Une cinquantaine de maisonnettes joliment décorées occupent la Place des Dominicains de fin novembre à fin décembre.
A la tombée de la nuit se mélangent l'éclairage des monuments et rues qui met en valeur l'héritage architectural de la ville avec l'éclairage de Noël et celui des vitraux du 14ème siècle de l'église.
L'aspect est féerique et attire la grande foule.
L'intérieur de l'église peut être visité jusqu'à 18 h. C'est une église-halle typique de l'ordre mendiant des Dominicains avec un plafond en bois. Elle est connue pour son tableau "La Vierge au Buisson de Roses" de Martin Schongauer (1473).
The Église des Dominicains houses the Flemish-influenced Madonna of the Rosebush (1473), by Martin Schongauer (1445-91), the most celebrated painting by the noted 15th-century German artist. Stolen from St-Martin's in 1972 and later recovered, the work has almost certainly been reduced in size from its original state but retains enormous impact. The grace and intensity of the Virgin match that of the Christ Child; yet her slender fingers dent the child's soft flesh (and his fingers entwine her curls) with immediate intimacy. Schongauer's text for her crown is: Me carpes genito tuo o santissima virgo ("Choose me also for your child, O holiest Virgin").
It was consecrated as Cathedral and then Collegiate Church from 1237 under Frederick, abbot of Münster. The Church has strong gothic characteristic, three naves and beautiful stained glass windows from the Church of the Dominicans. It was severely damaged by a fire but was rebuilt in 1536 and served for a time as a place of Protestant worship: the porcelain gives it special red-light, with an impressive main portal between two columns; the portal to the South is signed by “Maître Humbret” (who beginning work in 1245). Also notable are also the reliefs showing the 'Adoration of the Magi' and the 'Last Judgment'. In the apse there is a precious wooden crucifix of the fourteenth century.
There is a fine tympanum on the west facade of St. Martin's which has two levels. The upper level shows a Jesus in majesty with a pair of angels standing at each side of him. The lower level exhibits the three Magi, one kneeling plus a horse at the left and a Virgin with a standing child and an angel at each side. On the north side of the church are auxiliary entrances, one of which has a tympanum of a Christ in majesty. There are also many gargoyles along the upper outer surface of the nave.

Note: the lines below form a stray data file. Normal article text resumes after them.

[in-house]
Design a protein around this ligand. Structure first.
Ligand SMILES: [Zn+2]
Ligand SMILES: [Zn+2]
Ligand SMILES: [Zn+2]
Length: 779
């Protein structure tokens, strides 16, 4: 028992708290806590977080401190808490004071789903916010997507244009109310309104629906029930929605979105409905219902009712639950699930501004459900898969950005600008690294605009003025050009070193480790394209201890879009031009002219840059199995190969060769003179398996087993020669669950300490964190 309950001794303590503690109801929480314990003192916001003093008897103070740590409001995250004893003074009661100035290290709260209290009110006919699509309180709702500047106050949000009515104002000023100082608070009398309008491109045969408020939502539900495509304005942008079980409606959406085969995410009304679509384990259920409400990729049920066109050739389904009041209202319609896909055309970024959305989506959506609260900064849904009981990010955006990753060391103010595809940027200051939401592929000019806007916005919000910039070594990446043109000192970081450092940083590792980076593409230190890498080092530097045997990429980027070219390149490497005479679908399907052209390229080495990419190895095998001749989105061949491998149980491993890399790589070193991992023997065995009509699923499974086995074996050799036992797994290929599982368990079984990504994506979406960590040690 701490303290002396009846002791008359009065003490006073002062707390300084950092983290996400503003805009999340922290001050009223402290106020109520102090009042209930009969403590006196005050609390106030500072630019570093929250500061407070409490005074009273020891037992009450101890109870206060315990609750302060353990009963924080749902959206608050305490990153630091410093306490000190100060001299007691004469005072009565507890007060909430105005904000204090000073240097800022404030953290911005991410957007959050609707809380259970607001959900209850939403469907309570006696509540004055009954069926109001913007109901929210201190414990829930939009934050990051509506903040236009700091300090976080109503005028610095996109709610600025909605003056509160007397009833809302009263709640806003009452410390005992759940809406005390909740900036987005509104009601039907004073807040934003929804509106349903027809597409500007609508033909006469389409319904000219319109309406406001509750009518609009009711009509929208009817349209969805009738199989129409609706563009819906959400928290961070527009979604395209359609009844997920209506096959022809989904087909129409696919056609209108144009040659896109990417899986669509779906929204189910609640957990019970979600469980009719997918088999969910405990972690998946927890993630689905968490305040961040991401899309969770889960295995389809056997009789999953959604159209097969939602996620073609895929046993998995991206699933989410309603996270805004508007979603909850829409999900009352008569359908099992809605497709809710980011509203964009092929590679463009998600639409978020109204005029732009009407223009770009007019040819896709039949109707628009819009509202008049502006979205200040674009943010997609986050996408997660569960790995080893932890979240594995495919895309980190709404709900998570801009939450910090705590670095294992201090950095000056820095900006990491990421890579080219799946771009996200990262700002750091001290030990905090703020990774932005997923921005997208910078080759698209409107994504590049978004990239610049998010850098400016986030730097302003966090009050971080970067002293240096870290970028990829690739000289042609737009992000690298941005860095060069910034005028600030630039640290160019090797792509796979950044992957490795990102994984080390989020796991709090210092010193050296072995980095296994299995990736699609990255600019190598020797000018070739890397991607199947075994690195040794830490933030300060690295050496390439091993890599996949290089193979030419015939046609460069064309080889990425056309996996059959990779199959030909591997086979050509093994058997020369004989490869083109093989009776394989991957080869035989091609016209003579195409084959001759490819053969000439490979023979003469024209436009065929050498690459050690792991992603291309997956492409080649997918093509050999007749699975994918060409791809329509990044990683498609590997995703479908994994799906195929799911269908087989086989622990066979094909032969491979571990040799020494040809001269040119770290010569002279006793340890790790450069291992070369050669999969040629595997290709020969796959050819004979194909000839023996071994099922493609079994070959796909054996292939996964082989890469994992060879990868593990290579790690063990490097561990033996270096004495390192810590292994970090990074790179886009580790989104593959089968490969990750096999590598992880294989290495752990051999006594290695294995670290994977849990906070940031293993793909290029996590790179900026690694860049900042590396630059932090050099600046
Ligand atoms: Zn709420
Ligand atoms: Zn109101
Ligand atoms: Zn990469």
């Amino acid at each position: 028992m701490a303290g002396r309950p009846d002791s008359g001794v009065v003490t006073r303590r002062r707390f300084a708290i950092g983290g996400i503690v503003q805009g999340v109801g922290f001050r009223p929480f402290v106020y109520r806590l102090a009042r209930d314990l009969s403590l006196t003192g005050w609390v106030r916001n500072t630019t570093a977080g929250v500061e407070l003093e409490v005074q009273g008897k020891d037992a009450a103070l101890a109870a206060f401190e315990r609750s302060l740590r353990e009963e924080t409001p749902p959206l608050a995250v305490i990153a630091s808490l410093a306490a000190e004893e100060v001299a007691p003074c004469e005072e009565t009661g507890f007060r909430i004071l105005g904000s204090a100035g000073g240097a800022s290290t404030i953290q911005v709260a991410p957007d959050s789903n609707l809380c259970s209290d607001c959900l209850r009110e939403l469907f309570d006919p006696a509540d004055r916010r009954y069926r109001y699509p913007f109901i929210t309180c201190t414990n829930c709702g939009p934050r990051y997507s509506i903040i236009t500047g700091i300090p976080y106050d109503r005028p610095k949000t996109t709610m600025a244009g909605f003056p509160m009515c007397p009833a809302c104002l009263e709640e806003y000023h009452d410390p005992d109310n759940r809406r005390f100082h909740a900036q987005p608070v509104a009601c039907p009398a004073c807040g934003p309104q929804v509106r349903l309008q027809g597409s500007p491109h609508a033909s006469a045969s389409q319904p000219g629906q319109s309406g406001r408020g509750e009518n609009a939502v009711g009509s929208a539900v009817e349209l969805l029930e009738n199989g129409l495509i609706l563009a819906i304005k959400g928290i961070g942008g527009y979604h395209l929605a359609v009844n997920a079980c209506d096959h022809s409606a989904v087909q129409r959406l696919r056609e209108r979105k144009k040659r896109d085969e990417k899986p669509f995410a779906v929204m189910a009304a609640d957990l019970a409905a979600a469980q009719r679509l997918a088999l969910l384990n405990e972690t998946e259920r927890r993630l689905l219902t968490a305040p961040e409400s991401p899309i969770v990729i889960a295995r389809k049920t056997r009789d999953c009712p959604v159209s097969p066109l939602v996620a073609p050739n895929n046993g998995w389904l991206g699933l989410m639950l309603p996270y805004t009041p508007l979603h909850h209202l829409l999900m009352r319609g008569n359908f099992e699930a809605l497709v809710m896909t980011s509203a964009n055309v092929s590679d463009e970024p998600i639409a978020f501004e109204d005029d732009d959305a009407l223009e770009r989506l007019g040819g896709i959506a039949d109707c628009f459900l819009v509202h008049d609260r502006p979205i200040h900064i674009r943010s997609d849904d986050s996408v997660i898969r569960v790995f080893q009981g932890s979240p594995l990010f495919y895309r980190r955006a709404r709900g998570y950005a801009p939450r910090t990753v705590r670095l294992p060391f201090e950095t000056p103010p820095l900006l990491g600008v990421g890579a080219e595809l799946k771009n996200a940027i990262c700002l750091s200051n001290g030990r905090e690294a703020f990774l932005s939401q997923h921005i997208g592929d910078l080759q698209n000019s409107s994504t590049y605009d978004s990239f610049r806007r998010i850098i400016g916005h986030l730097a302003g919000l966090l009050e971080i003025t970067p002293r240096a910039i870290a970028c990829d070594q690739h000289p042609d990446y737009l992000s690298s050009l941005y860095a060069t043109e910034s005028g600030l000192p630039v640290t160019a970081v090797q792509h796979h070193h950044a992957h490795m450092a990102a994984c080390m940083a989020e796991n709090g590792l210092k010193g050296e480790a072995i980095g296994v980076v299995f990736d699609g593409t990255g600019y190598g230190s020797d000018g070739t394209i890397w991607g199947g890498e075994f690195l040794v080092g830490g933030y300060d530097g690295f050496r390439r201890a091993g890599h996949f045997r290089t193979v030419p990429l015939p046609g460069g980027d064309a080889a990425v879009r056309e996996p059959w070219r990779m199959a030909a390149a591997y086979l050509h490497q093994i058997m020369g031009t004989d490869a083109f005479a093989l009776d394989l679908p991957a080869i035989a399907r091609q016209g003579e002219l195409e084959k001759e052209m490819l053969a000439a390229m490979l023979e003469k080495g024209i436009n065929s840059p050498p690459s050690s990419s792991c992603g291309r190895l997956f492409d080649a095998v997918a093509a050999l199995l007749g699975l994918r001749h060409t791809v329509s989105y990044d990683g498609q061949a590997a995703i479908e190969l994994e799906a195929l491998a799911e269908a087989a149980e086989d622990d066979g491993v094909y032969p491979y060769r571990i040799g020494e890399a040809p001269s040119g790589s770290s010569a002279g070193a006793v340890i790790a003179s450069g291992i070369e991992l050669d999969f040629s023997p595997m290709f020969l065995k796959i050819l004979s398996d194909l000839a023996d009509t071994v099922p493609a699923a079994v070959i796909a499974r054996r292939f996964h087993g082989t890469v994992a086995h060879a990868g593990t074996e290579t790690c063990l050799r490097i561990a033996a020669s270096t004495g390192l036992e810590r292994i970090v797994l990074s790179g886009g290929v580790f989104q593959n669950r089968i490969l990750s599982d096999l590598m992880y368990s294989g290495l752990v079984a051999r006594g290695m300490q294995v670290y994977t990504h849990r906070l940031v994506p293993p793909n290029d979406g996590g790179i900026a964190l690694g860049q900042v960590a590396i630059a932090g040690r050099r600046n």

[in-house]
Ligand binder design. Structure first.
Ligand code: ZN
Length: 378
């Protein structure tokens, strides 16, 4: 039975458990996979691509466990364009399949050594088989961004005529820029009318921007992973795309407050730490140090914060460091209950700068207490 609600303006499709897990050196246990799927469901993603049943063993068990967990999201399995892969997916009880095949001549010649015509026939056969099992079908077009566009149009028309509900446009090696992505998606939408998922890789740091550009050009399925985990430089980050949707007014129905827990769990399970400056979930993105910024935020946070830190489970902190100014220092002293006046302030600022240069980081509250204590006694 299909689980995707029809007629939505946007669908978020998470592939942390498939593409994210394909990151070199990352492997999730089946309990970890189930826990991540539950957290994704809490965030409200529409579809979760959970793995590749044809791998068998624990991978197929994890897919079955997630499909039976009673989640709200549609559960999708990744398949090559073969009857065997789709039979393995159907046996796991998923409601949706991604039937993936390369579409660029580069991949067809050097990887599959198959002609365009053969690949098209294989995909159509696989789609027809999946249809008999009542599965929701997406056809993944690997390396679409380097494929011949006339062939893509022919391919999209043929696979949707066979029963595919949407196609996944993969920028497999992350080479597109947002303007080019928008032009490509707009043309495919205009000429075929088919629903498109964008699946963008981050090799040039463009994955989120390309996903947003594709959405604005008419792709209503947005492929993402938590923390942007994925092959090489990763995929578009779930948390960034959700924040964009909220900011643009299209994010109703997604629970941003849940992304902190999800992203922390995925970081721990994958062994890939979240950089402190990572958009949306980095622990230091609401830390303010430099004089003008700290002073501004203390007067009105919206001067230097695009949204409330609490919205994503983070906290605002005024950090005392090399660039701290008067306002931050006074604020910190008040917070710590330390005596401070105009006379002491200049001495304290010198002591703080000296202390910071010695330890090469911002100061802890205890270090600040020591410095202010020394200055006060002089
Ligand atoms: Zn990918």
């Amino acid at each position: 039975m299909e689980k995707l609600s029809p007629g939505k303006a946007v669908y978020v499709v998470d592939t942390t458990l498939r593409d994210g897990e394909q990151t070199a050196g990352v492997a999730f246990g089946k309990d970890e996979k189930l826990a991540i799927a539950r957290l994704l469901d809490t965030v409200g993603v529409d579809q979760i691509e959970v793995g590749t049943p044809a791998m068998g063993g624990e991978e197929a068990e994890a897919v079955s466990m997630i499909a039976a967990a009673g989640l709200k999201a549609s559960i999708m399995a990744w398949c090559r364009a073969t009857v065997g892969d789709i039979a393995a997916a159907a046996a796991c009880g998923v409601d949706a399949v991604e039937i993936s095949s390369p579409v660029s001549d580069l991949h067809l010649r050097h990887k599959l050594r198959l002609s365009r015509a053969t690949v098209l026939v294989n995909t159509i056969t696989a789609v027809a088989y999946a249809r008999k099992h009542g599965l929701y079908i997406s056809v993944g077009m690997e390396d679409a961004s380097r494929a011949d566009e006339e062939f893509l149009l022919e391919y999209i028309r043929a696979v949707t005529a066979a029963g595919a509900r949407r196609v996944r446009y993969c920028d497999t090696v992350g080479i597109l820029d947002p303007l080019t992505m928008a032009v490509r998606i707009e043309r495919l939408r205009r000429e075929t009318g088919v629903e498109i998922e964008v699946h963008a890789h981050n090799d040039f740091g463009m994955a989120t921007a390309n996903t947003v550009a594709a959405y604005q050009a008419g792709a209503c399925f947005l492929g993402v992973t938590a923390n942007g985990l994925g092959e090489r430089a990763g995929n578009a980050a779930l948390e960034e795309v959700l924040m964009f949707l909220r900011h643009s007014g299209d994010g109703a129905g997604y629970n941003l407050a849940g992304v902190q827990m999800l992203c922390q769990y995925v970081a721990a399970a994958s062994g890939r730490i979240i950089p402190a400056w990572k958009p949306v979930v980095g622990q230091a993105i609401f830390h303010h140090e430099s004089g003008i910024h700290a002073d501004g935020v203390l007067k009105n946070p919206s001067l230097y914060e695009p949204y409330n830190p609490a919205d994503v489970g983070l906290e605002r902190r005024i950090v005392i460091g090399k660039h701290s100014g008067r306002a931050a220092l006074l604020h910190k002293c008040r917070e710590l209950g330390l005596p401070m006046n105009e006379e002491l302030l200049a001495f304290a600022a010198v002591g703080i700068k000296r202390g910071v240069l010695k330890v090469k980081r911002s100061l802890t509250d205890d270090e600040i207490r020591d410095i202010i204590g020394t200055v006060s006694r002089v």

The south transept of St. Martin's was completed between 1240-60 including a double door and a two level tympanum. The upper part of the tympanum shows a Last Judgement with the elect on the right, at the center four Angels and a beardless Jesus and at on the left are the damned. The lower picture has St. Nicholas at the center with a story about three dishonored maidens and their father (on the right) and three prospective husbands (on the left). There are archivolts above with a set of 13 statues in the outer level with a figure at the lower left of Master Humbret the sculptor of the facade. Still more sculpture is present on each side of triple sets of fine marble columns. Here a large display of grotesques are arrayed probably originally numbering at least 80 figures.
St. Martin's church is moderately long but is rather narrow. Although the main part of the church was essentially finished by 1300, the choir was remade in 1350. Over the next centuries valuable furnishings were placed inside, such as a fine Crucifixion of the 14C in the absidial chapel, a large wood carving of the Last Supper of the 15C and a fine organ built in 1770.
The present church of St. Martin's was built between 1240 and 1366 using some foundations of a previous 11C church. The last part, the choir, was rebuilt from 1350-66 and a southwest tower and campanile are of the same period. The top of the tower had to be rebuilt after a fire in 1572. There is an early example of a two level sculpted tympanum on the west but the largest entrance is in the south transept which also has a two level tympanum. Many gargoyles adorn the nave.
There are far better cathedrals than this all over Europe but this one is still worth a look inside. If you go to the City Centre of Colmar you will almost trip over it as it seems huge because it is situated right in the middle of the half timber buildings.
The south entrance is dedicated to saint Nicholas. It is one of the earliest parts of the church and dates from the second half of the 13th. It is partly Romanesque, partly Gothic.
The lowest part of the tympanum has a Romanesque semi-circular arch with Saint Nicolas represented with on one side 3 maids that he saved from an ill fate (prostitution ?) as their father (far left) was ruined and could not pay for their dowry. He put money in their socks that were hanged for drying. On the other side, 3 lads figuring the children that were killed, cut in pieces and put in a salting-tub by a butcher and that he resuscitate.
The upper part of the tympanum is a Gothic arch with the scenery of the Last Judgment.